The Nelson A. Rockefeller Center for Public Policy and the Social Sciences

RGLP Recap: "Framing Global Leadership" with Dr. Gama Perruci

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This ongoing series explores sessions of the Rockefeller Global Leadership Program (RGLP) through participant narratives. RGLP engages Dartmouth students who have demonstrated leadership skills and would like to extend these skills on a globally conscious level. In this program, students focus on and further develop international leadership competencies, which have become increasingly crucial in corporate, public and non-profit sectors today.

RGLP's second session of the term, entitled "Framing Global Leadership," was a wonderful introduction to the formation of global leadership. It provided an overview from the period of feudal states to development of sovereignty and nations in the 17th century and eventually to the idea of individual identity in the 21st century. Dr. Perruci challenged us to think progressively and truly push the boundaries of cultural norms. He suggested that the "crux" of our generation would not be nationalist identity or religious identity, but individual identity. Instead of being entrenched in a local awareness, trapped by our own biased perspectives, Dr. Perruci encouraged us to engage more global perspectives.

Dr. Gama Perruci leads RGLP's second session through the intellectual history of global leadership. Photo by May Ngyuen '18.

Dr. Perruci’s definition of an "international leader" versus a "global leader" was especially fascinating. According to Dr. Perruci, an international leader includes individuals who have developed a global awareness, as well as a global attentiveness, and able to effectively communicate abroad. By contrast, a global leader is an individual who has mastered a global consciousness, able to incorporate multiple cultural identities into his or her own worldview. Similarly, a global leader engages in global citizenship, identifying as a citizen of the world. Overall, a global leader can transcend cultural boundaries and operate on a transnational basis. Furthermore, global leaders share a transnational mindset, are comfortable with ambiguity, have the ability to connect the dots, and are effective cross-cultural communicators. The idea of "comfort with ambiguity" was especially interesting, provoking inter-group debate. It encompasses the need to refrain from placing individuals into defined "boxes" of identity, as well as comfort with the existence of an interdependent global community without well-defined cultural or political boundaries.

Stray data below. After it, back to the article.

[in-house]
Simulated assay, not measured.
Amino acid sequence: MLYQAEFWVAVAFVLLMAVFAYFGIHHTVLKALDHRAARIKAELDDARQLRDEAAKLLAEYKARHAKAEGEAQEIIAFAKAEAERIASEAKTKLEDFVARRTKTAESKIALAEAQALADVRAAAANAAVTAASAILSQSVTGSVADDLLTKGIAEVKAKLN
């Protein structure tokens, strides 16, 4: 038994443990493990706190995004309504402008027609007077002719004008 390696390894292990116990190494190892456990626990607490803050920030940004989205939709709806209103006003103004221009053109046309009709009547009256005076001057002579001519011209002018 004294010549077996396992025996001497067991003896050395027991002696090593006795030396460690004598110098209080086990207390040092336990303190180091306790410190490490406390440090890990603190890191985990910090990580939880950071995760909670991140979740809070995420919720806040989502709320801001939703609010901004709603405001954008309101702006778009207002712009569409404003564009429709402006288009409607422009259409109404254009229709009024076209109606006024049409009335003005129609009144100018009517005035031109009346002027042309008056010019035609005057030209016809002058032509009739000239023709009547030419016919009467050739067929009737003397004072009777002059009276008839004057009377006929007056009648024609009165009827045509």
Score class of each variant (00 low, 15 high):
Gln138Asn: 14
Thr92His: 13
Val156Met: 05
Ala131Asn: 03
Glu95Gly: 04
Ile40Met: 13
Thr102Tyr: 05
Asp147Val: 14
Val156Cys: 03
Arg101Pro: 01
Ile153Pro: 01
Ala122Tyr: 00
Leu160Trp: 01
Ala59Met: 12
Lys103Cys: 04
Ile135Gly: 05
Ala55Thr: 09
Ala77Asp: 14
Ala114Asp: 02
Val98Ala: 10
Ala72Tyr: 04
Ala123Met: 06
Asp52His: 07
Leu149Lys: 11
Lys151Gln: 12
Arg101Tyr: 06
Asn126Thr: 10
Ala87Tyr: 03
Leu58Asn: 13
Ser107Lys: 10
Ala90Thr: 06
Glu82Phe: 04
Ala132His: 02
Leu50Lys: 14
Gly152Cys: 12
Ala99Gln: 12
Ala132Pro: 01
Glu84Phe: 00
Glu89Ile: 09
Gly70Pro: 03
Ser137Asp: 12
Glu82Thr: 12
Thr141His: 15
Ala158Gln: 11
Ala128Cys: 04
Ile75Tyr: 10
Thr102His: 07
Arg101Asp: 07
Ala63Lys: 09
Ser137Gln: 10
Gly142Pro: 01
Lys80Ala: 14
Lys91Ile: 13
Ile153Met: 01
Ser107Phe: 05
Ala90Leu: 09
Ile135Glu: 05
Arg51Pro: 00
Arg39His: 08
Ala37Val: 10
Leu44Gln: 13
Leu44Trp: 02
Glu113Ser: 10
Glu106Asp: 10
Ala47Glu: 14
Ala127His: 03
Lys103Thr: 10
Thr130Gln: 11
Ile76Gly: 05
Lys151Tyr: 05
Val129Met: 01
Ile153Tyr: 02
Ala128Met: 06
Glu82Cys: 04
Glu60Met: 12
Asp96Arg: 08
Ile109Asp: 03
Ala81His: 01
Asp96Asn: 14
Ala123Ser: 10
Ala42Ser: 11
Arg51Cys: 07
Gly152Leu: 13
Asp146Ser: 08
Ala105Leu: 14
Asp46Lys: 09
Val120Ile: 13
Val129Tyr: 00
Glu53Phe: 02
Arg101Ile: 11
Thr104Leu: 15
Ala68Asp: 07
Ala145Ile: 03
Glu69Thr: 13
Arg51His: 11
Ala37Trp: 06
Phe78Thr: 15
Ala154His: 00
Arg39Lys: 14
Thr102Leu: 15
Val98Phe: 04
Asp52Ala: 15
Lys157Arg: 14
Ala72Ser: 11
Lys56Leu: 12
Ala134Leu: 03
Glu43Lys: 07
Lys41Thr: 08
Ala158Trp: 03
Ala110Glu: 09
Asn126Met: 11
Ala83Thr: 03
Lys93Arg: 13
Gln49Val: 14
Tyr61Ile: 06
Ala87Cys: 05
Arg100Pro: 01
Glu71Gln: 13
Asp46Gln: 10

RGLP participants learn the challenges of intercultural understanding through an acitivity design to test their assumptions. Photo by May Nguyen '18.

In closing, Dr. Perruci led us through a cultural simulation in which we interpreted a fictitious culture’s "welcoming ceremony." Our group observed this ceremony through the lens of our own cultural biases, which led to a misinterpretation of societal values through such concepts as gender inferiority. When Dr. Perruci revealed to us the values of the fictitious culture, we were surprised at the inaccurate nature of our presumptions. It revealed how ethnocentric our process of observation was and the need to be more open-minded in cross-cultural encounters. The activity was incredibly enlightening, and it forced us to be critical of our own internalized biases.

-Written by Lydia Cash '16, Spring 2015 RGLP Participant 

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